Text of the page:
Design, Synthesis and Action of Oxotremorine-related Hybrid-type Allosteric Modulators of Muscarinic Acetylcholine Receptors,  T. Disingrini, M. Muth, C. Dallanoce, E. Barocelli, S. Bertoni, K. Kellershohn, K. Mohr, M. De Amici, U. Holzgrabe,  J. Med. Chem.  , 366-372 (2006)Dualsteric GPCR targeting: a novel route to binding and signalling pathway selectivity,  J. Antony, K. Kellershohn, M. Mohr-Andrä, A. Kebig, S. Prilla, M. Muth, E. Heller, T. Disingrini, C. Dallanoce, S. Bertoni, J. Schrobang, C. Tränkle, E. Kostenis, A. Christopoulos, H.-D. Höltje, E. Barocelli, M. De Amici, U. Holzgrabe, K. Mohr,  FASEB Journal 23, 442-450 (2009)
Extracellular allosteric domain rearrangement pilots orthosterically-induced signaling of a seven helical transmembrane receptor through sequential conformational states,  A. Bock, N. Merten, R. Schrage, C. Dallanoce, J. Bätz, J. Klöckner, J. Schmitz, C. Matera, K. Simon, A. Kebig, L. Peters, A. Müller, J. Schrobang-Ley, C. Tränkle, C. Hoffmann, M. De Amici, U. Holzgrabe, E. Kostenis, K. Mohr,  Nature Commun,  In press

Aims:  Elucidation of the mechanism of the signaling selectivity by using the dualsteric ligands as a pharmacological tool. 

Collaboration partners:  K. Mohr (Pharmakologie Bonn), E. Kostenis (Pharmakologie, Bonn), C. Hoffmann (Pharmakologie, Würzburg)

 

(a) Extended allosteric model including the two possible modes of hybrid binding "4" and "5". K-values: equilibrium dissociation constants of ligand binding; α: allosteric/orthosteric cooperativity factor.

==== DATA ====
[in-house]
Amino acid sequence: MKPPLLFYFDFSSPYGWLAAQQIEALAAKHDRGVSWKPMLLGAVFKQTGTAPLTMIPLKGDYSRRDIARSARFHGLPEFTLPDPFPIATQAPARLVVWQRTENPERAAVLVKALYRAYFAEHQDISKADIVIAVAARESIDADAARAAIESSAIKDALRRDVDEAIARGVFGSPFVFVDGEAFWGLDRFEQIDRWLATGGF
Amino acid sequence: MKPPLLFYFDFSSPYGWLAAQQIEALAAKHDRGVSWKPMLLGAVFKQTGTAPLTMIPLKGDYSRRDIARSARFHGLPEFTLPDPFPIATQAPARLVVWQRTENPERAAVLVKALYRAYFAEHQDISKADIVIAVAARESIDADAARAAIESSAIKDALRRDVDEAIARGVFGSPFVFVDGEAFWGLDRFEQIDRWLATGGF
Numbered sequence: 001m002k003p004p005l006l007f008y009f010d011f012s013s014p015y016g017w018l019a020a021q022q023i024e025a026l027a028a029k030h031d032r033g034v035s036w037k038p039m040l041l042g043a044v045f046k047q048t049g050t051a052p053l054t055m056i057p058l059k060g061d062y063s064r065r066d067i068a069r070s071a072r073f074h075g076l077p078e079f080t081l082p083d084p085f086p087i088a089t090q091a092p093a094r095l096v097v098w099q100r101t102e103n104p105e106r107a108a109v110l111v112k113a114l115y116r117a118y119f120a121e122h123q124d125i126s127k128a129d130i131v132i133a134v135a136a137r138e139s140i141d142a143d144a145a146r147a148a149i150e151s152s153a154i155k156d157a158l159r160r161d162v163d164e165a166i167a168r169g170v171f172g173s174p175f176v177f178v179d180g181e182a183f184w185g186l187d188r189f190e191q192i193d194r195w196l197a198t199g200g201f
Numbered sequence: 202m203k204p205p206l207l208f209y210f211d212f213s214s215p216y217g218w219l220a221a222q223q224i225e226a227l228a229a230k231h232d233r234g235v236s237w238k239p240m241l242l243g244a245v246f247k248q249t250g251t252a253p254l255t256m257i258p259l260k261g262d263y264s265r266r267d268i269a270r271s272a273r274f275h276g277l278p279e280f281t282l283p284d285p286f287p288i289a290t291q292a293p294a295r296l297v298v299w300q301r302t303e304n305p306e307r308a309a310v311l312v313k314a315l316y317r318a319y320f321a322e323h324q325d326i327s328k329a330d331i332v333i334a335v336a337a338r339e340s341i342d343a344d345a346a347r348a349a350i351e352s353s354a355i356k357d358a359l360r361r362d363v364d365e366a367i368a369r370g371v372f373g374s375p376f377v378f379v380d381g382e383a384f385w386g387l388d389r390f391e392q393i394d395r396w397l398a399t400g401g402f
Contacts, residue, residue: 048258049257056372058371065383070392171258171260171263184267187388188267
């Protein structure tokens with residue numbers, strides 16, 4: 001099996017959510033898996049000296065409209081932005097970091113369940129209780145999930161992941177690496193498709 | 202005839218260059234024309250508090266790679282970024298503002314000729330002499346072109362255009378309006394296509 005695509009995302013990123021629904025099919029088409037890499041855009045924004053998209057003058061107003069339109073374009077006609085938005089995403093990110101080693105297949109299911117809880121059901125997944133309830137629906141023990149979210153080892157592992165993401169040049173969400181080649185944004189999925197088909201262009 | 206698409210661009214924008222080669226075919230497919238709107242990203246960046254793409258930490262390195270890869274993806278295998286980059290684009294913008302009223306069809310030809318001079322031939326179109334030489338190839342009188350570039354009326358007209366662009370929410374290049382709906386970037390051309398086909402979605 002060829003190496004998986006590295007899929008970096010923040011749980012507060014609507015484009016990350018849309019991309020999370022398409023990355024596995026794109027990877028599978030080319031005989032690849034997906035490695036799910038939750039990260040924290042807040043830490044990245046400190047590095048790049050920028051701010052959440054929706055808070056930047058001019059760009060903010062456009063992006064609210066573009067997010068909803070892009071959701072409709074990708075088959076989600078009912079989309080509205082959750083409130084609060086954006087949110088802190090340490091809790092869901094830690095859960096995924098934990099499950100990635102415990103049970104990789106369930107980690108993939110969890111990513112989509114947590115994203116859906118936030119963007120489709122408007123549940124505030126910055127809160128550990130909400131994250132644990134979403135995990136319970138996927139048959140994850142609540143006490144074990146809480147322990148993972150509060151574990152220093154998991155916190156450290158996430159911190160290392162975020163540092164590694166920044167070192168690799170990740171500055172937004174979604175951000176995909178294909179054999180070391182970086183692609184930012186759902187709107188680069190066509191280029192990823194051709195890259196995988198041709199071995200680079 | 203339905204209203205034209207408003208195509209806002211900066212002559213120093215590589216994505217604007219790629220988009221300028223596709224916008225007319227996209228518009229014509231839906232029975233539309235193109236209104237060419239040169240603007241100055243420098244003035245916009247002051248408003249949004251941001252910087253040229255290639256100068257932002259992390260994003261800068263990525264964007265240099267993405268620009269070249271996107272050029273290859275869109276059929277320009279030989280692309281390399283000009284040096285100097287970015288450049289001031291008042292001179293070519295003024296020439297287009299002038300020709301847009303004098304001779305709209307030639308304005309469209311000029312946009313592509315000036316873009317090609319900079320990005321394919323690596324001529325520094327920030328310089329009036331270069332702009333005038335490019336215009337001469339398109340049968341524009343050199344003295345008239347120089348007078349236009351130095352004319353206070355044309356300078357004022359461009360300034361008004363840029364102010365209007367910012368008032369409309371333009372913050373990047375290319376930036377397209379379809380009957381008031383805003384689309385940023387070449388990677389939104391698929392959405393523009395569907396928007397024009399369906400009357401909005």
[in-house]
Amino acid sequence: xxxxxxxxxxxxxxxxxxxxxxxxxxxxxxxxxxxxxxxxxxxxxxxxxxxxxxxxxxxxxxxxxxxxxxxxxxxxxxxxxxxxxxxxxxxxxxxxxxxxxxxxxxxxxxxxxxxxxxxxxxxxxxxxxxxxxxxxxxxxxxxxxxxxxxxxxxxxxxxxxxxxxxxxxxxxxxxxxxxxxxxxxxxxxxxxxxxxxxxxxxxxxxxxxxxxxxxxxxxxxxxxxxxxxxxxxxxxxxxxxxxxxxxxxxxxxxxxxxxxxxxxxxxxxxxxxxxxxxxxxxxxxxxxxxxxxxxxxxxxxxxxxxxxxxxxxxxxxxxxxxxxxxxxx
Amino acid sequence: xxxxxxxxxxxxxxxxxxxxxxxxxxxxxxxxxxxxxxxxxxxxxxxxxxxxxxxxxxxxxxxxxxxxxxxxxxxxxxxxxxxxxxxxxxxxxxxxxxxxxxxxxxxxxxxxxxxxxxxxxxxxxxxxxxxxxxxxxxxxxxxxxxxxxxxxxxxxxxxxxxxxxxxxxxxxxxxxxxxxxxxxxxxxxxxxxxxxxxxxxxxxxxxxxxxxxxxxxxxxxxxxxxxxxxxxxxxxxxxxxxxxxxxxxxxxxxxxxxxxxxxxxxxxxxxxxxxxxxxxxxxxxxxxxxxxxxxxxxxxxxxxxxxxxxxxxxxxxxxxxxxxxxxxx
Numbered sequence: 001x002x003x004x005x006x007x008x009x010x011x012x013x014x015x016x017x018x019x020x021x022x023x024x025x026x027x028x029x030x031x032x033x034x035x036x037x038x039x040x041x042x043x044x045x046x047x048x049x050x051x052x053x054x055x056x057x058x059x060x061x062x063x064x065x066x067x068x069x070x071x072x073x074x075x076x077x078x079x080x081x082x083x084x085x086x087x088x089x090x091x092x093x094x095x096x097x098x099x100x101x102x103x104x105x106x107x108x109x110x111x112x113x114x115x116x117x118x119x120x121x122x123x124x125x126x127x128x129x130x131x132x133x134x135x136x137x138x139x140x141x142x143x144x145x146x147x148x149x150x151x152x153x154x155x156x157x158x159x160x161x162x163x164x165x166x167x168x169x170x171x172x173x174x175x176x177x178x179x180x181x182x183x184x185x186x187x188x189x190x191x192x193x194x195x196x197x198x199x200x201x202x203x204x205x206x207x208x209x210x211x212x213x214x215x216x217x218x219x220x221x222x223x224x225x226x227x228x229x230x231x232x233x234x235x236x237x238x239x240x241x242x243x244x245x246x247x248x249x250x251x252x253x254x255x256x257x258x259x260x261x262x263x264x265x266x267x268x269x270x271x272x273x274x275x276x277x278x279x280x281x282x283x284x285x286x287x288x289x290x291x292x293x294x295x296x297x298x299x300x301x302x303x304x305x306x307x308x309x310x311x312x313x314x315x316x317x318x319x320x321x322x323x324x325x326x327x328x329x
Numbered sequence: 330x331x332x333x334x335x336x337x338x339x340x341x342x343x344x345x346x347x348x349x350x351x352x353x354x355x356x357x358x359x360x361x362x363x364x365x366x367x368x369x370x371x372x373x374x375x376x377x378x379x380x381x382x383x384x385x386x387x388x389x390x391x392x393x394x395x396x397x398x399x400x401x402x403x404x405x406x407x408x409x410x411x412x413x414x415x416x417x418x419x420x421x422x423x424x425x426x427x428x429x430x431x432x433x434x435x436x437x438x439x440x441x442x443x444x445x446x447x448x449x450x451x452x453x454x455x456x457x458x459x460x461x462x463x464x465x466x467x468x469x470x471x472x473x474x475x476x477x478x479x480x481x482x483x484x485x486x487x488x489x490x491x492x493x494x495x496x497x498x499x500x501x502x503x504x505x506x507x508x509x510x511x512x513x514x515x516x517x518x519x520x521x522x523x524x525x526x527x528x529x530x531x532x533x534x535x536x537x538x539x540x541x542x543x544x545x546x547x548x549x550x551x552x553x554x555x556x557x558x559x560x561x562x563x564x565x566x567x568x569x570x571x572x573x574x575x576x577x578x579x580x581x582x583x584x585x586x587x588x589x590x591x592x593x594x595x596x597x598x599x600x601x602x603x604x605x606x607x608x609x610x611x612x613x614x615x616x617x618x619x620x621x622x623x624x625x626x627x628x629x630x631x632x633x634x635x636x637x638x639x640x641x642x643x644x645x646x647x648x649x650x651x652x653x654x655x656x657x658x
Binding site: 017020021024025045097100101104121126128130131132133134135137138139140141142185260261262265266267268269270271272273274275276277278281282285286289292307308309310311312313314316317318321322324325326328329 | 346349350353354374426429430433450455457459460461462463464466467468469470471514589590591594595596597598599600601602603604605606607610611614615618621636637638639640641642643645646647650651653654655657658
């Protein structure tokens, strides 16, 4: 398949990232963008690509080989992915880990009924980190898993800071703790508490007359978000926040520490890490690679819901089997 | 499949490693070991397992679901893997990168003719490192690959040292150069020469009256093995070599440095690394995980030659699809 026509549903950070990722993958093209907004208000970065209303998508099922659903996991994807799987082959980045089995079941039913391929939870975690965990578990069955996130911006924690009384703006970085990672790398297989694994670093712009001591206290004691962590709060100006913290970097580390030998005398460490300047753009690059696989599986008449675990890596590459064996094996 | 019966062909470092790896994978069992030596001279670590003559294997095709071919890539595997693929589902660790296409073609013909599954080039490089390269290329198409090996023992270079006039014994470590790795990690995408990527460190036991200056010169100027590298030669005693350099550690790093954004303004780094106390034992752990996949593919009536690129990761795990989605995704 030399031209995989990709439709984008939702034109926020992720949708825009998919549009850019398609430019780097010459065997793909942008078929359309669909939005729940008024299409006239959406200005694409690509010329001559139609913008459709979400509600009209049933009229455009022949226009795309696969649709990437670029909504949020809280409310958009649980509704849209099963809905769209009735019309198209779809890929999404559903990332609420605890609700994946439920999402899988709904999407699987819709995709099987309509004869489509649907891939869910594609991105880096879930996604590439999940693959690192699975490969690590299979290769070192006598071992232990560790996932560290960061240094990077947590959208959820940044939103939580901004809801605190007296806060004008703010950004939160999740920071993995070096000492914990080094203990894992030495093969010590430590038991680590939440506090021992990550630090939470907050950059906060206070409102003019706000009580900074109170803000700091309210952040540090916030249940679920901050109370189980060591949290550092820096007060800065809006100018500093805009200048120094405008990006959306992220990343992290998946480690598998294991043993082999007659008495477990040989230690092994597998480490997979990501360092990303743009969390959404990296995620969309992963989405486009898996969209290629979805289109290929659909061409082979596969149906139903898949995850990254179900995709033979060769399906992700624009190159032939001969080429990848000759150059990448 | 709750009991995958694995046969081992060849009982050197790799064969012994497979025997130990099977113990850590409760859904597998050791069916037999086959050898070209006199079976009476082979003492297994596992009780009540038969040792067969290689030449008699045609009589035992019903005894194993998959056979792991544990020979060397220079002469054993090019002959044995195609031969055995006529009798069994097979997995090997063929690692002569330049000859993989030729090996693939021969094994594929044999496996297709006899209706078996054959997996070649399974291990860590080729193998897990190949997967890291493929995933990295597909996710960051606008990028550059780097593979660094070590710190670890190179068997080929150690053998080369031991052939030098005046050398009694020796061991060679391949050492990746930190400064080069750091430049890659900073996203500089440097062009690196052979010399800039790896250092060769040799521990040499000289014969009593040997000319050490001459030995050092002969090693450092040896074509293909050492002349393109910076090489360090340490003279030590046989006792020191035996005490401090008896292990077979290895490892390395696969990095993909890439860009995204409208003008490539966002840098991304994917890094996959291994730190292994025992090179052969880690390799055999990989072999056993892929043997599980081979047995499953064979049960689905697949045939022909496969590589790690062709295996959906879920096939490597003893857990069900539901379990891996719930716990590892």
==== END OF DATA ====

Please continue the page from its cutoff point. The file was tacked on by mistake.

(b) Predicted test compound effects on orthosteric radioligand binding. O: orthosteric building block; A1A2: allosteric building blocks; H1H2: hybrid compounds.
(c) Effects of the indicated test compounds on orthosteric [3H]N-methylscopolamine ([3H]NMS) binding to human muscarinic M2 receptors contained in COS7-hM2 cell membranes. [3H]NMS specific binding is indicated in percent of the value without test compound. Curve fitting was based on a four parameter logistic function for iperoxo, on the ternary complex model of allosteric interactions for A1 and A2, on the extended allosteric model for H1 and H2. (Taken from FASEB Journal 23, 442-450 (2009
 
For details see e.g.:
Design, Synthesis and Action of Oxotremorine-related Hybrid-type Allosteric Modulators of Muscarinic Acetylcholine Receptors,  T. Disingrini, M. Muth, C. Dallanoce, E. Barocelli, S. Bertoni, K. Kellershohn, K. Mohr, M. De Amici, U. Holzgrabe,  J. Med. Chem.  , 366-372 (2006)Dualsteric GPCR targeting: a novel route to binding and signalling pathway selectivity,  J. Antony, K. Kellershohn, M. Mohr-Andrä, A. Kebig, S. Prilla, M. Muth, E. Heller, T. Disingrini, C. Dallanoce, S. Bertoni, J. Schrobang, C. Tränkle, E. Kostenis, A. Christopoulos, H.-D. Höltje, E. Barocelli, M. De Amici, U. Holzgrabe, K. Mohr,  FASEB Journal 23, 442-450 (2009)
Extracellular allosteric domain rearrangement pilots orthosterically-induced signaling of a seven helical transmembrane receptor through sequential conformational states,  A. Bock, N. Merten, R. Schrage, C. Dallanoce, J. Bätz, J. Klöckner, J. Schmitz, C. Matera, K. Simon, A. Kebig, L. Peters, A. Müller, J. Schrobang-Ley, C. Tränkle, C. Hoffmann, M. De Amici, U. Holzgrabe, E. Kostenis, K. Mohr,  Nature Commun,  In press

Aims:  Elucidation of the mechanism of the signaling selectivity by using the dualsteric ligands as a pharmacological tool. 

Collaboration partners:  K. Mohr (Pharmakologie Bonn), E. Kostenis (Pharmakologie, Bonn), C. Hoffmann (Pharmakologie, Würzburg)

 

Effects on orthosteric radioligand binding: model (a), predictions (b), findings (c).
Pharmaceutical quality analysis